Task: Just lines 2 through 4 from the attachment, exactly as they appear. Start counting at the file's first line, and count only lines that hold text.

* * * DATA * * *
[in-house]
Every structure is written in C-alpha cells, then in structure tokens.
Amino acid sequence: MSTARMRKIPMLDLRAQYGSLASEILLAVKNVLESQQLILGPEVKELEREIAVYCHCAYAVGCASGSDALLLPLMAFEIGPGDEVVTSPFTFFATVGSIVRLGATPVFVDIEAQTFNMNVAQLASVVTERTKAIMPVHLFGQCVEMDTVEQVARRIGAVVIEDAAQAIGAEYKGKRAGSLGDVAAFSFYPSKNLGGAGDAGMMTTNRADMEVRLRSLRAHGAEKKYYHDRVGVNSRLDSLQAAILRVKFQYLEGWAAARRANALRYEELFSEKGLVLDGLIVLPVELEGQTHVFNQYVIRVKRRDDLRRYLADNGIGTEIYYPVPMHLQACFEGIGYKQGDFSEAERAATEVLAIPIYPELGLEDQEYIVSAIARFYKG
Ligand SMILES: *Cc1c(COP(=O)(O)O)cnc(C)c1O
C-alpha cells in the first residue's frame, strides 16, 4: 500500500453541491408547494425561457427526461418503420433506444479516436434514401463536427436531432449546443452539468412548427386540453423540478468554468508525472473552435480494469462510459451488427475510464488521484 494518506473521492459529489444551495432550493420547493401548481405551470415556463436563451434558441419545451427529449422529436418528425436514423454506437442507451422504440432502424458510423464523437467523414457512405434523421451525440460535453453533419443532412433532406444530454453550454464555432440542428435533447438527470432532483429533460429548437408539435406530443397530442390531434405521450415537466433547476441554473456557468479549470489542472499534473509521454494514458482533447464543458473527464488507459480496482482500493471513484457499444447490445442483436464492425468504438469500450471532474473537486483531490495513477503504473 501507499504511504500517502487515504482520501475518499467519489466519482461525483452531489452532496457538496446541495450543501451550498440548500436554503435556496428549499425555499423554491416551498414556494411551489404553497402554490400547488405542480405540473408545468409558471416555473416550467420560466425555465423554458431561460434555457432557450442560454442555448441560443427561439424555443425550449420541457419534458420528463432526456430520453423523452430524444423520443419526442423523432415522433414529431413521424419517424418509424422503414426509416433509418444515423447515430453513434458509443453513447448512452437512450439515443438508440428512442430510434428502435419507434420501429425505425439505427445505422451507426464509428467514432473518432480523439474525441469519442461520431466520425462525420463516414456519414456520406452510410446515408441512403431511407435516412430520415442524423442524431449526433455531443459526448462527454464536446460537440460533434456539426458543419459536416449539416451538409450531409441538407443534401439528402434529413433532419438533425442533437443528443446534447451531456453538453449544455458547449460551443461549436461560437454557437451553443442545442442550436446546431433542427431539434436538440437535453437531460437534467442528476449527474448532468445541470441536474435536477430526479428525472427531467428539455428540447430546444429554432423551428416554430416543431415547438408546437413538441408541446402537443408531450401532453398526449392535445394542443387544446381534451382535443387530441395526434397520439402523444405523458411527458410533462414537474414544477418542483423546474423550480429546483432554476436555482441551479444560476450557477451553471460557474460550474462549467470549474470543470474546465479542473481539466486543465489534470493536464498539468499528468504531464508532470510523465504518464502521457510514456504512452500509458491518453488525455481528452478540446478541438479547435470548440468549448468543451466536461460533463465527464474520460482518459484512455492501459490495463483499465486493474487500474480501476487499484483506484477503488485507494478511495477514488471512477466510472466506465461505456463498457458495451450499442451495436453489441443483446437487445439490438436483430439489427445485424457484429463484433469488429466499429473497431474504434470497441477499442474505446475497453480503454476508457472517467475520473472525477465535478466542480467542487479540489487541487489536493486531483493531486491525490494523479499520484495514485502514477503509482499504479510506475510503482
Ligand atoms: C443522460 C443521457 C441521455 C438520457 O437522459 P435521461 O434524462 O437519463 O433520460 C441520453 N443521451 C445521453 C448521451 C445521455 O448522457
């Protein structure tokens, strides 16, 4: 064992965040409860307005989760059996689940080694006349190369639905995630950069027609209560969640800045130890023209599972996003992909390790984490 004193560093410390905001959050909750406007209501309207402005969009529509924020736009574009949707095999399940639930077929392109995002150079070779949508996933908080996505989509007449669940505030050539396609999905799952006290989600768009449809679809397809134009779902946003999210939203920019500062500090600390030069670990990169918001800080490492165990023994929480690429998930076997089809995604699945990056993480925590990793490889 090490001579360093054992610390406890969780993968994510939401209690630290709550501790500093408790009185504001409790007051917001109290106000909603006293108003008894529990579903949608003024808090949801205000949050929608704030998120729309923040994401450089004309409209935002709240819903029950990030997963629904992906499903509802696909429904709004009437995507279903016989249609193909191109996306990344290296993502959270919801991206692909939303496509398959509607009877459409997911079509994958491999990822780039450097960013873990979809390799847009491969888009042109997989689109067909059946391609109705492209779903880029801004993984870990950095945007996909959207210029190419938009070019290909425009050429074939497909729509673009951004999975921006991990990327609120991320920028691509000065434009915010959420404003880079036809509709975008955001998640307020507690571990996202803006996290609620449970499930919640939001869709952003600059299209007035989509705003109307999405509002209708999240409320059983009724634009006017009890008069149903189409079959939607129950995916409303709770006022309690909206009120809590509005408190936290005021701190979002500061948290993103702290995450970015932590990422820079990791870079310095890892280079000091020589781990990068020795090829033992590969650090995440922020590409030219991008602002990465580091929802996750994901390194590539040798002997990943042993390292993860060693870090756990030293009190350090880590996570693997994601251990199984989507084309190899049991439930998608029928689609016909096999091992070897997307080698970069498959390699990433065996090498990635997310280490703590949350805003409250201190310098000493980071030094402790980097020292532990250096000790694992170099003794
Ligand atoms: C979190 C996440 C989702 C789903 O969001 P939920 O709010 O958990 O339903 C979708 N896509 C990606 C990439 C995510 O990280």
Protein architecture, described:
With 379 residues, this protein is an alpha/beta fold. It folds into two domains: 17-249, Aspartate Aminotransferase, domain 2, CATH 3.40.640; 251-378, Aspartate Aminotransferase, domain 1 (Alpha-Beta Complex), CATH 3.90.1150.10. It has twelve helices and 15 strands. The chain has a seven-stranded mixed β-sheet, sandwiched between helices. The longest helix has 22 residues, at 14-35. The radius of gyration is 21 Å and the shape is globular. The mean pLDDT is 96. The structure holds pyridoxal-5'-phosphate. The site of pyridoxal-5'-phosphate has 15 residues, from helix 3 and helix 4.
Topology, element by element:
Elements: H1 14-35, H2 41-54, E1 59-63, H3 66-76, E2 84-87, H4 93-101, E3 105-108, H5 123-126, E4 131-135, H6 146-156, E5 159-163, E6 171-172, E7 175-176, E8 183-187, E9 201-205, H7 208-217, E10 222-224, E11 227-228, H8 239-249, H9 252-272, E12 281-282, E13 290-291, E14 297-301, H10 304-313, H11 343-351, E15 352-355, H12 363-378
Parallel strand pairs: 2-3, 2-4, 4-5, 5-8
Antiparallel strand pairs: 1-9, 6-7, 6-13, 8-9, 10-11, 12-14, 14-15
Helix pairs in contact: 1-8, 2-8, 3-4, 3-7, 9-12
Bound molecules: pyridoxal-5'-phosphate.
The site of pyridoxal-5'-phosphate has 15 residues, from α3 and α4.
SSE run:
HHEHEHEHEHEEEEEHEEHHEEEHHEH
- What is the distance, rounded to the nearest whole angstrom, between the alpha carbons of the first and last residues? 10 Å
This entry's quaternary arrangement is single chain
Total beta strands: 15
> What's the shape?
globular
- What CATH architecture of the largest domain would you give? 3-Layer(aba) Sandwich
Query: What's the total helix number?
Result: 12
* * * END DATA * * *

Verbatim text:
Every structure is written in C-alpha cells, then in structure tokens.
Amino acid sequence: MSTARMRKIPMLDLRAQYGSLASEILLAVKNVLESQQLILGPEVKELEREIAVYCHCAYAVGCASGSDALLLPLMAFEIGPGDEVVTSPFTFFATVGSIVRLGATPVFVDIEAQTFNMNVAQLASVVTERTKAIMPVHLFGQCVEMDTVEQVARRIGAVVIEDAAQAIGAEYKGKRAGSLGDVAAFSFYPSKNLGGAGDAGMMTTNRADMEVRLRSLRAHGAEKKYYHDRVGVNSRLDSLQAAILRVKFQYLEGWAAARRANALRYEELFSEKGLVLDGLIVLPVELEGQTHVFNQYVIRVKRRDDLRRYLADNGIGTEIYYPVPMHLQACFEGIGYKQGDFSEAERAATEVLAIPIYPELGLEDQEYIVSAIARFYKG
Ligand SMILES: *Cc1c(COP(=O)(O)O)cnc(C)c1O